on July 11, 1996 by Susan Lambert
    Director Chris Hart is nothing if not bold. Bold enough to give his experimental feature debut a title that begs for scathing puns about running time, but also bold enough to make a realistic and experimental movie about kids hanging out, falling in love and getting in trouble. Young Terry (Peter Byrne) spends most of his time on the street, doing small-time jobs for local dealers, gamblers and petty hoods. His alcoholic father keeps using what little money they have in a desperate attempt to track the whereabouts of his missing wife. When Terry meets Lyrica (Melissa Duge) and helps free her from the clutches of an abusive lover who is also a small-time mobster (Michael Griffiths), the two join up to head out of town and into a better life.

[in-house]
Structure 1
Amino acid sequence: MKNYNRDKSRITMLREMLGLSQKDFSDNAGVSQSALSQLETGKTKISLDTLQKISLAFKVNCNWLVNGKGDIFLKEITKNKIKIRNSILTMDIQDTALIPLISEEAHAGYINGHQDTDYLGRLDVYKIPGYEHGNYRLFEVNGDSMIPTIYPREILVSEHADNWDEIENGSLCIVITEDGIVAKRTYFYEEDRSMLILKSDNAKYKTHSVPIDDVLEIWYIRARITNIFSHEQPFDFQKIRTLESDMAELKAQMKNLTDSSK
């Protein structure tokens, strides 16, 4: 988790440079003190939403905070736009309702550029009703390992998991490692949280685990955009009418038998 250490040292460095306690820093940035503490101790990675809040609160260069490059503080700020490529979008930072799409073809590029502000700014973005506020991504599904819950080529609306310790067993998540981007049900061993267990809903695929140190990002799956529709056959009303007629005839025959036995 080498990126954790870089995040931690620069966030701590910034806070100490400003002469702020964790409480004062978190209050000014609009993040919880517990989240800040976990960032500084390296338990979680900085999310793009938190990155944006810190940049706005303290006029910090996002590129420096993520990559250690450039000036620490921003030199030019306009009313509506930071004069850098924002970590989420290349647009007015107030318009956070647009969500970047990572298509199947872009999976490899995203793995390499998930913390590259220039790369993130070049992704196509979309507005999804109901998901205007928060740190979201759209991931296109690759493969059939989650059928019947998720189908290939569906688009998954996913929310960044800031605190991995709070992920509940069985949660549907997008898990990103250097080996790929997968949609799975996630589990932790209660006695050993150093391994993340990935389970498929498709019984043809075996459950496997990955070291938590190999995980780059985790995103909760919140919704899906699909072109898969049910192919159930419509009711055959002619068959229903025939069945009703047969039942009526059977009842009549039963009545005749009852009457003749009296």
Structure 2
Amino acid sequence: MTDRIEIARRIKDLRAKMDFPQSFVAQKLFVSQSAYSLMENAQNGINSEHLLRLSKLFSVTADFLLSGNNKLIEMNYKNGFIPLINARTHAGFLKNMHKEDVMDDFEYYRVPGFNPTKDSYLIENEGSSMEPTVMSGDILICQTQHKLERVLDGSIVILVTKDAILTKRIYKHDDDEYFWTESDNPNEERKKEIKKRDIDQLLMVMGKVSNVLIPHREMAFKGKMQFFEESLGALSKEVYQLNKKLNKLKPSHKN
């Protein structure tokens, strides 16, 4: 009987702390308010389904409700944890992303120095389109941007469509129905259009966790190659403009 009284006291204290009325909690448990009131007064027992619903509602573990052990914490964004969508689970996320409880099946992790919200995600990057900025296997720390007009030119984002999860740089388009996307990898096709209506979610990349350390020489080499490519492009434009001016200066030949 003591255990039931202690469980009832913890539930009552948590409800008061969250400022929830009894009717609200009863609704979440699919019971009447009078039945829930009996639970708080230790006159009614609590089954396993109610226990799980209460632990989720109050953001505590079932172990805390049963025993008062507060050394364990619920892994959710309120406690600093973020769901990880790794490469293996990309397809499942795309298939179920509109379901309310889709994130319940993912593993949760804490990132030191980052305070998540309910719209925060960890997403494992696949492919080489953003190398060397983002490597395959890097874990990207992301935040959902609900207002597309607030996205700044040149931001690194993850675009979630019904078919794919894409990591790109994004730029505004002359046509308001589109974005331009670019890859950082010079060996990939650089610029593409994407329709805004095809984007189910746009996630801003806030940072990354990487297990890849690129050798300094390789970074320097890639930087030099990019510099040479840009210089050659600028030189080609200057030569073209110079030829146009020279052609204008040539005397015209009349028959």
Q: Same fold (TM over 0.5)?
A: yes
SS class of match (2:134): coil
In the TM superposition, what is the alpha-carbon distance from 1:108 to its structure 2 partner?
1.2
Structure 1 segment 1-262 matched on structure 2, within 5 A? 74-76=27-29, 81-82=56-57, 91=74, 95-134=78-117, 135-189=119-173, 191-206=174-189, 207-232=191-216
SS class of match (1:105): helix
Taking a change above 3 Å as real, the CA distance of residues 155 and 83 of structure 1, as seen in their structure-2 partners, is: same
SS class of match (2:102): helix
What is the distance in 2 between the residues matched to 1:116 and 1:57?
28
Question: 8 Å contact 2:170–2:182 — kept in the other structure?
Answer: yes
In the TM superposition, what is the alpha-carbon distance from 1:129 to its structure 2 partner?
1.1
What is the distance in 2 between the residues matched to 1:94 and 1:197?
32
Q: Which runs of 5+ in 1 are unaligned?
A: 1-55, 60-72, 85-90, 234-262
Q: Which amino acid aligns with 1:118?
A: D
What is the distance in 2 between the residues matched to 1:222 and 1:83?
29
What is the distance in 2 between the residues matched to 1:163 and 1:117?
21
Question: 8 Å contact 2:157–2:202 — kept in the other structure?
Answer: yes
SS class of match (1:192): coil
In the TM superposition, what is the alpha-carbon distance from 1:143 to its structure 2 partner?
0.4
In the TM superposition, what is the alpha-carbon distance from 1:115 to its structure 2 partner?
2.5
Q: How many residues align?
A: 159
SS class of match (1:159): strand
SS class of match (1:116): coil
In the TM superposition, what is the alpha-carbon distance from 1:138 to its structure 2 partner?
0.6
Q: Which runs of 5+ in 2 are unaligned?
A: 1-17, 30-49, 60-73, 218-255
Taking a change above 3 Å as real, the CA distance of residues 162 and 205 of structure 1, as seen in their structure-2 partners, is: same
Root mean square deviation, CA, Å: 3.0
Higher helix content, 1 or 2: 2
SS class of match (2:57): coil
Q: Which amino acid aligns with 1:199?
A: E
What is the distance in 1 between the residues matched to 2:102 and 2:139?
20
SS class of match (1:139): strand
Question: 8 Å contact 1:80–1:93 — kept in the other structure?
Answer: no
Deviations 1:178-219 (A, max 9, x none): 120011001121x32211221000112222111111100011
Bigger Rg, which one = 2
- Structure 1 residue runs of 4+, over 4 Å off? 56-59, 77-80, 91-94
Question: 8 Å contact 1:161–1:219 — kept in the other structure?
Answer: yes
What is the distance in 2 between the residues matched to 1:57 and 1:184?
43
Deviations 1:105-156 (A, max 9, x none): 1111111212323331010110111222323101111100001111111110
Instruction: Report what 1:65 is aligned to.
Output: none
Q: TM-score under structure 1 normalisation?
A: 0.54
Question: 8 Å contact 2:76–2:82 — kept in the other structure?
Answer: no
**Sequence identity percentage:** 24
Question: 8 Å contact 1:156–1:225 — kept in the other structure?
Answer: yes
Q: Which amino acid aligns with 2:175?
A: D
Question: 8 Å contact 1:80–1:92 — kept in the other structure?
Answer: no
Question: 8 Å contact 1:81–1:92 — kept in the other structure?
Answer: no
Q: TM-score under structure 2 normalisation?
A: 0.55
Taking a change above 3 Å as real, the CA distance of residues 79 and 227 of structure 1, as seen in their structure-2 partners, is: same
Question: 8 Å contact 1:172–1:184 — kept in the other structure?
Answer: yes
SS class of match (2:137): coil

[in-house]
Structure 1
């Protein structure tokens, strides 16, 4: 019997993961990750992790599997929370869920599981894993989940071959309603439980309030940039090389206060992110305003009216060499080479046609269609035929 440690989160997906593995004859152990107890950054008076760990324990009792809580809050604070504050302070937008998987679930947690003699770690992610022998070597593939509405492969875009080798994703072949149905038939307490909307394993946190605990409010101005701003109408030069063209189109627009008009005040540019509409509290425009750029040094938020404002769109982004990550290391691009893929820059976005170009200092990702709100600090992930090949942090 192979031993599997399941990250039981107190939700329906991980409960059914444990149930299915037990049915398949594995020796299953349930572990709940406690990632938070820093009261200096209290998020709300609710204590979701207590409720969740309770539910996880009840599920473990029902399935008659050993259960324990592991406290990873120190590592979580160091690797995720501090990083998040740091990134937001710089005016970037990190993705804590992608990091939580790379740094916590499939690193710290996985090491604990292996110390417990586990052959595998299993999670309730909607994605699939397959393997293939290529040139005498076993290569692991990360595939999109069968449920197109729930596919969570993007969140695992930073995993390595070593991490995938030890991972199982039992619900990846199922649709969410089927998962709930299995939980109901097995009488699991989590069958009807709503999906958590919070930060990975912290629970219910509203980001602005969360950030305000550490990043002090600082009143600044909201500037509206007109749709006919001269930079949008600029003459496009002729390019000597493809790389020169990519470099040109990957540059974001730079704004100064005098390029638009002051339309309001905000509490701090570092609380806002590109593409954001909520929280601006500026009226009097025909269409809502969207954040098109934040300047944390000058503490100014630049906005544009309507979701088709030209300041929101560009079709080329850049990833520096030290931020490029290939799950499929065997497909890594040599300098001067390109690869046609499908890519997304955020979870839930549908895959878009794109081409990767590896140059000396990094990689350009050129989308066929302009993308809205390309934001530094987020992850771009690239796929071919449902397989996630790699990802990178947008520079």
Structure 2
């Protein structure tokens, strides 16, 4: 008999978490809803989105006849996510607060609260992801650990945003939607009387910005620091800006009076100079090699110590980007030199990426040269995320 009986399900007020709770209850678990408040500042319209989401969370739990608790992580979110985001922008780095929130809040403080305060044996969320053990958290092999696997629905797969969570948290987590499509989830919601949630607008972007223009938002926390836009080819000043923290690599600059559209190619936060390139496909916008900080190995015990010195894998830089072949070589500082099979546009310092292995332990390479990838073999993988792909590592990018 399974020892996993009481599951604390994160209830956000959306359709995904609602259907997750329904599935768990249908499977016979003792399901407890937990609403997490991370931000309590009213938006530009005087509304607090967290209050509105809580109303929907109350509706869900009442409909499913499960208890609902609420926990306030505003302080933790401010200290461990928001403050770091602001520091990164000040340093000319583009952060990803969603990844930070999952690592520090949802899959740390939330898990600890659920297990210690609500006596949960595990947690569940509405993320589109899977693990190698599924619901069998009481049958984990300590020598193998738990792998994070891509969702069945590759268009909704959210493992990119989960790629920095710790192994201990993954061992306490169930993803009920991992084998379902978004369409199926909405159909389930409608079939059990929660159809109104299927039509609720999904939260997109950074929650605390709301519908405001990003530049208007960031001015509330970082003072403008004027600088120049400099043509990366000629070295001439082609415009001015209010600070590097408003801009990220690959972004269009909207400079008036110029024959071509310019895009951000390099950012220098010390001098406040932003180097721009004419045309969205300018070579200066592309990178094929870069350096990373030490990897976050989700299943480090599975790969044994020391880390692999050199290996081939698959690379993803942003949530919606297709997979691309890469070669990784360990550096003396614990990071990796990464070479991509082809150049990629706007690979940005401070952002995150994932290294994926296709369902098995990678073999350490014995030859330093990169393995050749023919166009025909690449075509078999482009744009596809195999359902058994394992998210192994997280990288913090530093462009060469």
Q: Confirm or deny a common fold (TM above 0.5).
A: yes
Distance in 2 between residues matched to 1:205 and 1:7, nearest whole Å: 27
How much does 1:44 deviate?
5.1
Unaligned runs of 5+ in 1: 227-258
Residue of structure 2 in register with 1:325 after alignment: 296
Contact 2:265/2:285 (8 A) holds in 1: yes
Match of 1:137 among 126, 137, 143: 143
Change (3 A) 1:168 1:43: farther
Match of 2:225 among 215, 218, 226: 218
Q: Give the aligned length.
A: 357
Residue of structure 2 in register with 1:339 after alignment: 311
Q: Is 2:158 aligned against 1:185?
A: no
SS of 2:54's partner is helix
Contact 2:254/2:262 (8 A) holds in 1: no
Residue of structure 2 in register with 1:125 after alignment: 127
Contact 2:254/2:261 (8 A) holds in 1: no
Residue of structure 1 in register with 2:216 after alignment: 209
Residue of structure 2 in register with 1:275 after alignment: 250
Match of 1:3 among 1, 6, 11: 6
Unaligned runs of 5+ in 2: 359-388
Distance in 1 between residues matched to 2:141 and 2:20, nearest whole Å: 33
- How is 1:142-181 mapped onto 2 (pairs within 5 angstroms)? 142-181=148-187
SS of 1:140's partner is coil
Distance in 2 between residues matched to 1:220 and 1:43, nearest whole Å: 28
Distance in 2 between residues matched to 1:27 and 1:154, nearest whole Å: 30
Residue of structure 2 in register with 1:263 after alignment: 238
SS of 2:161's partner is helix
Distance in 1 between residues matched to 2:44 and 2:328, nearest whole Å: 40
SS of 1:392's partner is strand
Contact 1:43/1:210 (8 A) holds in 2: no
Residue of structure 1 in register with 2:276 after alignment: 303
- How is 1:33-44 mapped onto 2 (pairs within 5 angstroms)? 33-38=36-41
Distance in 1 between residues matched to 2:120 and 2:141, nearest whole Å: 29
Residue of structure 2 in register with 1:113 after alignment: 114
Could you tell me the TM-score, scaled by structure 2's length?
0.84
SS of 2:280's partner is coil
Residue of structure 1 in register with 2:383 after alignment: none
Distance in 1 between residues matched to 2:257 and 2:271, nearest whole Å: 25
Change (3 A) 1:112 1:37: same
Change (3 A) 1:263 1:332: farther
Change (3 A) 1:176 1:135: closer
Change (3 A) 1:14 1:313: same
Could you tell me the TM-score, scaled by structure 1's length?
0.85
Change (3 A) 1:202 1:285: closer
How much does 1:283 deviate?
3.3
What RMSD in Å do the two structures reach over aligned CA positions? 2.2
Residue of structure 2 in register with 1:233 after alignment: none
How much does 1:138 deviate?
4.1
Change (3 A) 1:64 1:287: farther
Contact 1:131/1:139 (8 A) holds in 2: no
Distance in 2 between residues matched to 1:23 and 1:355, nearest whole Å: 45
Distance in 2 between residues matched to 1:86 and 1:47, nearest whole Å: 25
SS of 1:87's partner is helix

Sometimes random but rarely ineffective, "Timeless" unfolds a fairly typical story in an unusual way, with stills and stoplights and stream-of-consciousness sound and dialogue. Using Super-8, 16mm and 35mm formats, Hart creates a nihilistic scrapbook of a movie and achieves fresh, lyrical performances from his mostly non-professional cast. One of the truly independent films in the fest, "Timeless" would offer hope even if it weren't an achievement in its own right just by demonstrating that filmmakers like Hart still exist.    Starring Peter Byrne, Melissa Duge and Michael Griffiths. Written and Directed by Chris Hart. Produced by Patricia Bice and Chris Hart. A TGOM production. Drama. Unrated. Running time: 90 min. Screened at the 1996 Sundance fest.
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